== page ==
Some of the babies may have problems that cause dislocation of the hip joint. In other words, the upper end of the femur can protrude from the capsule of the hip joint. If your baby has such a problem, early detection and treatment is extremely important.
Congenital hip dislocation occurs in one of 800 newborn babies. Although the exact cause is not known, genetic, hormonal, mechanical and environmental factors are thought to play a role. There is bilateral dislocation in 40 percent of babies. It is six times more common in girls than boys.
Swaddling, holding the baby by the feet and rocking the baby upside down can lead to hip dislocation in babies with a tendency. Therefore, it is absolutely necessary to avoid such traditional practices.
Who Are the Risky Babies for Congenital Hip Dislocation?
1) Those who have hip dislocation in their family or close relatives. This should be reported to the doctor.
2) Babies born with breech presentation or babies who remain in the mother’s womb with their head up until the end of pregnancy.
3) Those who have a congenital curvature of the neck to one side, “Torticollis”.
4) Those who have congenital orthopedic deformities in their feet.
How Is Congenital Hip Dislocation Detected?
It may not always be possible to see a problem in the hip as soon as you look. For this reason, your doctor will also examine your baby’s hips each time during the control examinations.
While examining your baby’s hips, your doctor will detect looseness in the hip joint by gently pulling and pushing the thigh bones. In older babies, it checks whether the baby’s legs can be opened easily.
If your baby is a newborn and the problem is not very serious, a control examination will be done two weeks later. However, if the problem is more serious or if a problem is detected in the control examination, your doctor will direct you to an orthopedist.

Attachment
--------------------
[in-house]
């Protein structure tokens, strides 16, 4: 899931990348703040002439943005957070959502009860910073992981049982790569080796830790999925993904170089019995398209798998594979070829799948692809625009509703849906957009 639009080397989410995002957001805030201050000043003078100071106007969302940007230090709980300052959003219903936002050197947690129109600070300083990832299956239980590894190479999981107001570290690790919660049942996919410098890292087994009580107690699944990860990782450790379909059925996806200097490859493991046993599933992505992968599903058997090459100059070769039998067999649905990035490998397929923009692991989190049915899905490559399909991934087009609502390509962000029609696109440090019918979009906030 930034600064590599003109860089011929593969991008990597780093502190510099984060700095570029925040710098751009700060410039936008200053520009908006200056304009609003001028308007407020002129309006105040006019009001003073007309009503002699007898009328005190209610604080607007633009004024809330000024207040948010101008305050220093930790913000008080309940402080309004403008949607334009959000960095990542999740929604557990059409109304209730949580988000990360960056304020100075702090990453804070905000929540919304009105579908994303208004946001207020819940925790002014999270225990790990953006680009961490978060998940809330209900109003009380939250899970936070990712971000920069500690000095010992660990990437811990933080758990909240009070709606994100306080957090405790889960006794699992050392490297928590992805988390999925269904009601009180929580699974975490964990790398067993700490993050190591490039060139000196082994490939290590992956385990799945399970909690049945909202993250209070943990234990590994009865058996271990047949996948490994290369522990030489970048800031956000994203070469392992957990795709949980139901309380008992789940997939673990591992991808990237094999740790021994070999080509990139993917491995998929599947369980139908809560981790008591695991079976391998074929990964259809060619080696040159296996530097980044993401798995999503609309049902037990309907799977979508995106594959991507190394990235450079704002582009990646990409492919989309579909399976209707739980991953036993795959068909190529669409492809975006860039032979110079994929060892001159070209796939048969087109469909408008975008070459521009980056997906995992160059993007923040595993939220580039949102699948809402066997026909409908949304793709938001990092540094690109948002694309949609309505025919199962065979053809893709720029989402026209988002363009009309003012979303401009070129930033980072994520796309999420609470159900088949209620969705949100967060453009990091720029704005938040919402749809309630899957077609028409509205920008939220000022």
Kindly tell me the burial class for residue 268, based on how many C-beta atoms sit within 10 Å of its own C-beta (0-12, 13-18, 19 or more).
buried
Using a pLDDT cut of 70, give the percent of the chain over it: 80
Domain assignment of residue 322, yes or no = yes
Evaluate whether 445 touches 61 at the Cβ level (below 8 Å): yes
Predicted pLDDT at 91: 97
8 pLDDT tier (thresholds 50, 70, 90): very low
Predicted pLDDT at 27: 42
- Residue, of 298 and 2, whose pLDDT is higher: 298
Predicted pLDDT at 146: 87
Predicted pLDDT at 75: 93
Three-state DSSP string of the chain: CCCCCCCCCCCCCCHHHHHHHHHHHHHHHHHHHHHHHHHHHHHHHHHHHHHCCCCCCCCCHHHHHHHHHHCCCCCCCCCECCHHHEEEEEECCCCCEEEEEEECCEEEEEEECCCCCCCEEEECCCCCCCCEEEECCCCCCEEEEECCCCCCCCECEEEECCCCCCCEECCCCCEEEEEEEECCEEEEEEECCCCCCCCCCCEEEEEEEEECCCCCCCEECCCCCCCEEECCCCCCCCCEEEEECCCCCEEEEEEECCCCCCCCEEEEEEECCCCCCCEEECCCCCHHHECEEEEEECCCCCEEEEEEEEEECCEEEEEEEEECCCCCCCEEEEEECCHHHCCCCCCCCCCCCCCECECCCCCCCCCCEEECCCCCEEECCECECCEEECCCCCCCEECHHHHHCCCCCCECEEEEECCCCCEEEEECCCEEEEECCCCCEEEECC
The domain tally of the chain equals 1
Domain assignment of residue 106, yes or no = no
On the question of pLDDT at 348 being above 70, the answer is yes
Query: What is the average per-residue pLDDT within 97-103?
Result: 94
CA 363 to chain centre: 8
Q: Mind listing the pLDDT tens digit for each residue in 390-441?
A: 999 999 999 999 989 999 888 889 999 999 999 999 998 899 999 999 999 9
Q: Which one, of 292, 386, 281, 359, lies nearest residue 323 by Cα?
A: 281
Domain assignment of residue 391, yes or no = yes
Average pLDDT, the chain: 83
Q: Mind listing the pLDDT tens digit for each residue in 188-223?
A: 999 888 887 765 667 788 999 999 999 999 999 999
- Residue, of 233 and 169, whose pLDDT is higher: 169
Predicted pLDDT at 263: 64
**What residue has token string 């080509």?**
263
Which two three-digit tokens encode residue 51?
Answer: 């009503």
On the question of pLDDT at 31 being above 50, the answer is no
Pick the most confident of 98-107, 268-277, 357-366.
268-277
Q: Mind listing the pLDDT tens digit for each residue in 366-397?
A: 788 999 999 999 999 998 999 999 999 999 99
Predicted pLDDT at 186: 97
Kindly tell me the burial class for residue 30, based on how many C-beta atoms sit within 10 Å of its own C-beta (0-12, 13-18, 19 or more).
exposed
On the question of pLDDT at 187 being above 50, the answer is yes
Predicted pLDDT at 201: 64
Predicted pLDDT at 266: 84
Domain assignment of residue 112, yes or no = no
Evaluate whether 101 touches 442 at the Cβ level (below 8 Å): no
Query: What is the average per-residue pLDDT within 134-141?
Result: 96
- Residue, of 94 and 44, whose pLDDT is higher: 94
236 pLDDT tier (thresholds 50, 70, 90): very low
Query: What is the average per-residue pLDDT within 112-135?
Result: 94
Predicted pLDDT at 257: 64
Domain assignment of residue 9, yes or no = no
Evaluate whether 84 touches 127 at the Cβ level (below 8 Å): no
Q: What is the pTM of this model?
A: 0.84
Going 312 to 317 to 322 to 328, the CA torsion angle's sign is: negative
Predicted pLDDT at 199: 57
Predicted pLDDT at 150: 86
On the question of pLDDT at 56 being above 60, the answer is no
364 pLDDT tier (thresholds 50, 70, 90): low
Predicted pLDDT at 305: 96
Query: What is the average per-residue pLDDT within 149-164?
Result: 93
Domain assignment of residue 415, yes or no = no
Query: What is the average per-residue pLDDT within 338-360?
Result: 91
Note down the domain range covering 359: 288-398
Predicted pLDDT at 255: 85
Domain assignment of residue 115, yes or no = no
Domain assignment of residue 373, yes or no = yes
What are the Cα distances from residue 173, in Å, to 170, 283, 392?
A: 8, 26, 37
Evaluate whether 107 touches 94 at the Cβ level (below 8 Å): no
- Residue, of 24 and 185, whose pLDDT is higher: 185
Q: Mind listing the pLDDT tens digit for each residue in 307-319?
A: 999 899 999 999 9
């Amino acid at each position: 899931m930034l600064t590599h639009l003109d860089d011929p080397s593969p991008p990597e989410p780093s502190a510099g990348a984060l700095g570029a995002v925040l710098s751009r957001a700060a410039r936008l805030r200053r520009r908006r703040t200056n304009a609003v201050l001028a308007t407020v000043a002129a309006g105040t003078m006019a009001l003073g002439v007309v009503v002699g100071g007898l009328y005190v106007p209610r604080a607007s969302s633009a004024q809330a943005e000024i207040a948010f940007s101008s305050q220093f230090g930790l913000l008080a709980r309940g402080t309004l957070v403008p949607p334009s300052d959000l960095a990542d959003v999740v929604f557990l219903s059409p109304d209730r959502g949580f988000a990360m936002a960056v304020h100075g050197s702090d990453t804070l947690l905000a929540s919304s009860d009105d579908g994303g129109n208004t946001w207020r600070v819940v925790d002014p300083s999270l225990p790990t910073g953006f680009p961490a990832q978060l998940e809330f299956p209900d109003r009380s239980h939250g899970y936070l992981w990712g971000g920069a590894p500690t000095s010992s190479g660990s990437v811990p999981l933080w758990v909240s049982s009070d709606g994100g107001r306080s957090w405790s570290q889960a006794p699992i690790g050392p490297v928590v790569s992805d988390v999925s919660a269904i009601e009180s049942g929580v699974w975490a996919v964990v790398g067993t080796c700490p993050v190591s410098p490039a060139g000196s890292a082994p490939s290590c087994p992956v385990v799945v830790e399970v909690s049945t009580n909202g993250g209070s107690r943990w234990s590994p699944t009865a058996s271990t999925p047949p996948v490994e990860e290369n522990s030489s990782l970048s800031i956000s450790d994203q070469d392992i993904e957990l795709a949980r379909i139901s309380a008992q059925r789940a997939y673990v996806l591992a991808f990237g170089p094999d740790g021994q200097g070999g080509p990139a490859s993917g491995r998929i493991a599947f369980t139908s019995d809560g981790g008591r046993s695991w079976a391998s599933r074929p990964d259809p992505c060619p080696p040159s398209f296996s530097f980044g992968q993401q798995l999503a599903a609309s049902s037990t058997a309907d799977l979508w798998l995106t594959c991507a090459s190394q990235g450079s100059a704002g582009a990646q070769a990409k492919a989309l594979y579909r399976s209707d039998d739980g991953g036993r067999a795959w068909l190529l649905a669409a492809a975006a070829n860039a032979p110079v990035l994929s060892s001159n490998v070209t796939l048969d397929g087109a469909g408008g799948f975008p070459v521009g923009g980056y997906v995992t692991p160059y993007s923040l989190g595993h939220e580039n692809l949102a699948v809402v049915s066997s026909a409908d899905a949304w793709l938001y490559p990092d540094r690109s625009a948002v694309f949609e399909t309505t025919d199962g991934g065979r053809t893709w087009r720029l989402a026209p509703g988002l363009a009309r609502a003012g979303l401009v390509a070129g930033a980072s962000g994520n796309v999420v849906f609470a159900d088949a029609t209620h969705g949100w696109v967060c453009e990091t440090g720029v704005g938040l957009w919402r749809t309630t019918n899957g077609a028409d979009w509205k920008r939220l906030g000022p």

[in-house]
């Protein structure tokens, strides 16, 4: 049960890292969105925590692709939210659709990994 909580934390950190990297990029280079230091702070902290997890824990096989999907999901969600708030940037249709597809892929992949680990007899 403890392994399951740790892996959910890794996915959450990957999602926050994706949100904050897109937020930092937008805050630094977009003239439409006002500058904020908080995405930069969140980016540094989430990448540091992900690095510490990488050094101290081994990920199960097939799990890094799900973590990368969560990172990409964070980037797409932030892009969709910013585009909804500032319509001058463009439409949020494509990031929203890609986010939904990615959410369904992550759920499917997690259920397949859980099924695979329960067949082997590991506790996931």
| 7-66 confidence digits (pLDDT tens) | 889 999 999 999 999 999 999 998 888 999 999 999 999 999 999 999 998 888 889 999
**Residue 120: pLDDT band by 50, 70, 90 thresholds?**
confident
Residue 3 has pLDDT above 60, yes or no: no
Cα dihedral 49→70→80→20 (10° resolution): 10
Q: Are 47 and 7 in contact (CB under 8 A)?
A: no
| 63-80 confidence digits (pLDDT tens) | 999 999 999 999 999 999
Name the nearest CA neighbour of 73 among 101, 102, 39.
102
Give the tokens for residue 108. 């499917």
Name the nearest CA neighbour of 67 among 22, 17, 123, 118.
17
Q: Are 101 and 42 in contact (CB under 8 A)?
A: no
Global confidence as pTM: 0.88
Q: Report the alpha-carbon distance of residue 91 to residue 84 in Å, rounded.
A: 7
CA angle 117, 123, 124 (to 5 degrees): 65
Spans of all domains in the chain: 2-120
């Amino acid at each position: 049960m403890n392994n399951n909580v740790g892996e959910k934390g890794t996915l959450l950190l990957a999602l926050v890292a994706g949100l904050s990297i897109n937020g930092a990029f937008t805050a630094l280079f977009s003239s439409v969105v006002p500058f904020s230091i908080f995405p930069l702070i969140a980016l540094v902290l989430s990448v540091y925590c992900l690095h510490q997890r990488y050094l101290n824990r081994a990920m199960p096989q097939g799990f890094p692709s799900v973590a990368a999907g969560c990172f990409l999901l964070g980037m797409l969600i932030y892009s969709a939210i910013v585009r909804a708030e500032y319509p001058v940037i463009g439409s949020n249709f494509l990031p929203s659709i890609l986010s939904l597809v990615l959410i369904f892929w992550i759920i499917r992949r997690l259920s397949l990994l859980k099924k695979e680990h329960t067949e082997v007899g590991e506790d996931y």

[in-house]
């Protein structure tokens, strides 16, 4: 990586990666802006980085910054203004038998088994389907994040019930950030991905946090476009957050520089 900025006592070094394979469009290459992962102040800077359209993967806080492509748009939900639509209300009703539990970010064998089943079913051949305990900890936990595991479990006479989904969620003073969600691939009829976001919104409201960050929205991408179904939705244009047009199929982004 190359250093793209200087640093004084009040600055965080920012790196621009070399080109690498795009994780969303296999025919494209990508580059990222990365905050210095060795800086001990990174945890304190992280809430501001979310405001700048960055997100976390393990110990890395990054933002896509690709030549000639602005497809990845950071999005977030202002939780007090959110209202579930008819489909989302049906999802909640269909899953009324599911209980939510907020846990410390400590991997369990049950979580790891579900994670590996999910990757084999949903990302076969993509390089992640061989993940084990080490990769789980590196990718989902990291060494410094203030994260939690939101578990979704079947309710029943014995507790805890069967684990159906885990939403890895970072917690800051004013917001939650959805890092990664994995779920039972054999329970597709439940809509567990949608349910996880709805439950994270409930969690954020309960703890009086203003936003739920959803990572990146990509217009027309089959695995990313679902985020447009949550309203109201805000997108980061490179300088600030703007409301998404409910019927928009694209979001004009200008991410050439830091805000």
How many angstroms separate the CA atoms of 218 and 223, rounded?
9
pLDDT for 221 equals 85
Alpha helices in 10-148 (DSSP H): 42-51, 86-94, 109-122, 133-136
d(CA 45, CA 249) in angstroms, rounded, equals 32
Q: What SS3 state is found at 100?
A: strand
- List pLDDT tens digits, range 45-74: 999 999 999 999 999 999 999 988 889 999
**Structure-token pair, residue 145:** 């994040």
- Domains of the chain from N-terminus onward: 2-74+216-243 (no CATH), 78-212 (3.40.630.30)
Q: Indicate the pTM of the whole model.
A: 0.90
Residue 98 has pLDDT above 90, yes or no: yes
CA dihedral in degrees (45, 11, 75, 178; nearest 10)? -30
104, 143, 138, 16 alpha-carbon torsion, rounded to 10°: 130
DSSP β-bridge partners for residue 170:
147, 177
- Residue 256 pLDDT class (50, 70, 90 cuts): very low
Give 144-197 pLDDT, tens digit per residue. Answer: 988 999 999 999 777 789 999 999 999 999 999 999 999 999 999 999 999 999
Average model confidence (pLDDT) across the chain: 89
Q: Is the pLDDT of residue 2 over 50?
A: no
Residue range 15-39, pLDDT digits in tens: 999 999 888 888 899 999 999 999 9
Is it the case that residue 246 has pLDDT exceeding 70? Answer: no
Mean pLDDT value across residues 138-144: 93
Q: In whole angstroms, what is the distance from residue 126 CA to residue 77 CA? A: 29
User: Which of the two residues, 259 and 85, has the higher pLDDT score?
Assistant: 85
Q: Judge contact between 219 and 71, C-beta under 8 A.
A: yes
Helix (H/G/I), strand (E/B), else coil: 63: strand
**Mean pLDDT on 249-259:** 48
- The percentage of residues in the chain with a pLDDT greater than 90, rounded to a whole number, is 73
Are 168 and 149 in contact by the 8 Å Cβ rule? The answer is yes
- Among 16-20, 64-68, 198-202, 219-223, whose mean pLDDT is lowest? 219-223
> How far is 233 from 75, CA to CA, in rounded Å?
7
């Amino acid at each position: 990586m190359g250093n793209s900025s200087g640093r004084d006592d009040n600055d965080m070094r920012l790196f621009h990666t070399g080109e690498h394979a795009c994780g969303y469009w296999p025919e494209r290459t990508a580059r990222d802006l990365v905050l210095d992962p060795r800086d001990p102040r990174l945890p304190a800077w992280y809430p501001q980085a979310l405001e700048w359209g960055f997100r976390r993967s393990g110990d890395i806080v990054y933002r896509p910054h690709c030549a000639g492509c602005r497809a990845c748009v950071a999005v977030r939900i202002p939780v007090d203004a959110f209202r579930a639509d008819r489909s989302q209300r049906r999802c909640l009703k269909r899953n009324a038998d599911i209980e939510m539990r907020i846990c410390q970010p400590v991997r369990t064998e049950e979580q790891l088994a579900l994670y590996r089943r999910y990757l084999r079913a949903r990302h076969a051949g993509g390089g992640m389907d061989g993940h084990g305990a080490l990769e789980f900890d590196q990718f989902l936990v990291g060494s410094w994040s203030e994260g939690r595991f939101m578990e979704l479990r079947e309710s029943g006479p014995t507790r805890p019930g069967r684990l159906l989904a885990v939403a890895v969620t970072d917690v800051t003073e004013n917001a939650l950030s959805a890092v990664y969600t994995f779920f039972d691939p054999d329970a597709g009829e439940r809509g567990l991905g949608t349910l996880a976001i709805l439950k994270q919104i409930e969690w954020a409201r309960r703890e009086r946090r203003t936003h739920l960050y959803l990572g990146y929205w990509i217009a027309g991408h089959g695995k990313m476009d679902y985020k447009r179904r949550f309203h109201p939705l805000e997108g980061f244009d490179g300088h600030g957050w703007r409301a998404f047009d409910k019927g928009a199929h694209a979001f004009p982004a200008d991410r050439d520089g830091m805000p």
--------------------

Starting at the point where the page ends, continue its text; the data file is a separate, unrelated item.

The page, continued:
Sometimes your baby’s hip can be visualized with an ultrasound. For babies older than four months, X-rays may be taken to view the hip joint.
How Is Congenital Hip Dislocation Treated?
Most hip problems can be treated with the “Pavlik Bandage”. This bandage separates your baby’s knees and pulls them towards their tummy. Your baby treated with this bandage will be checked by your doctor every week and it will be observed whether the thigh bone is placed in the hip joint, and if it is, this bandage will be used day and night for 2-3 months.
In one out of every twenty babies with hip dislocation, a bandage is not sufficient for treatment. In such a case, it may be necessary to apply a plaster cast to your baby and to suspend the legs. Sometimes surgery may be required to treat hip dislocation.
When Should You Seek a Doctorate?
If your baby is in the risk group for hip dislocation and ultrasonography control has not been performed.
If your baby’s legs are not equal in length.
If you notice limping in your toddler, you should contact your doctor.